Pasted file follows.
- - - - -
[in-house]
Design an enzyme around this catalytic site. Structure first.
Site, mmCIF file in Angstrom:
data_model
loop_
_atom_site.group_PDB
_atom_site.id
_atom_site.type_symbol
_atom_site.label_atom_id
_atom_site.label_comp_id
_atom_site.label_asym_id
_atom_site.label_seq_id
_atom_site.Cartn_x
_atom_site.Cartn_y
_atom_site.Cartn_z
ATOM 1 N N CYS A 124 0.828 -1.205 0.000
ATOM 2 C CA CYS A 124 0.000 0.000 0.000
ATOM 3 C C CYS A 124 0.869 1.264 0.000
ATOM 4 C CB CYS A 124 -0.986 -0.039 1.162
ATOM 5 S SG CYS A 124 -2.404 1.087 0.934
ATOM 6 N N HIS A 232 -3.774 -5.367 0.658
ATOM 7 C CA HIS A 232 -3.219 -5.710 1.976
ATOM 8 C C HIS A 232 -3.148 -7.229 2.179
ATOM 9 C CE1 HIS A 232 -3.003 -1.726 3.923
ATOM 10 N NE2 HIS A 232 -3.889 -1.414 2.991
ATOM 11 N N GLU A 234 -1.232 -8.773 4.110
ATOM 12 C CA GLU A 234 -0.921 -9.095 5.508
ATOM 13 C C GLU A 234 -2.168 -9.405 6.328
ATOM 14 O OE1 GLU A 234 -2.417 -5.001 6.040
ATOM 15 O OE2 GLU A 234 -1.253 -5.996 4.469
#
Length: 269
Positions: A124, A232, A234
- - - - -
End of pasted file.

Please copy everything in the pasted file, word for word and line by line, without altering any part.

[in-house]
Design an enzyme around this catalytic site. Structure first.
Site, mmCIF file in Angstrom:
data_model
loop_
_atom_site.group_PDB
_atom_site.id
_atom_site.type_symbol
_atom_site.label_atom_id
_atom_site.label_comp_id
_atom_site.label_asym_id
_atom_site.label_seq_id
_atom_site.Cartn_x
_atom_site.Cartn_y
_atom_site.Cartn_z
ATOM 1 N N CYS A 124 0.828 -1.205 0.000
ATOM 2 C CA CYS A 124 0.000 0.000 0.000
ATOM 3 C C CYS A 124 0.869 1.264 0.000
ATOM 4 C CB CYS A 124 -0.986 -0.039 1.162
ATOM 5 S SG CYS A 124 -2.404 1.087 0.934
ATOM 6 N N HIS A 232 -3.774 -5.367 0.658
ATOM 7 C CA HIS A 232 -3.219 -5.710 1.976
ATOM 8 C C HIS A 232 -3.148 -7.229 2.179
ATOM 9 C CE1 HIS A 232 -3.003 -1.726 3.923
ATOM 10 N NE2 HIS A 232 -3.889 -1.414 2.991
ATOM 11 N N GLU A 234 -1.232 -8.773 4.110
ATOM 12 C CA GLU A 234 -0.921 -9.095 5.508
ATOM 13 C C GLU A 234 -2.168 -9.405 6.328
ATOM 14 O OE1 GLU A 234 -2.417 -5.001 6.040
ATOM 15 O OE2 GLU A 234 -1.253 -5.996 4.469
#
Length: 269
Positions: A124, A232, A234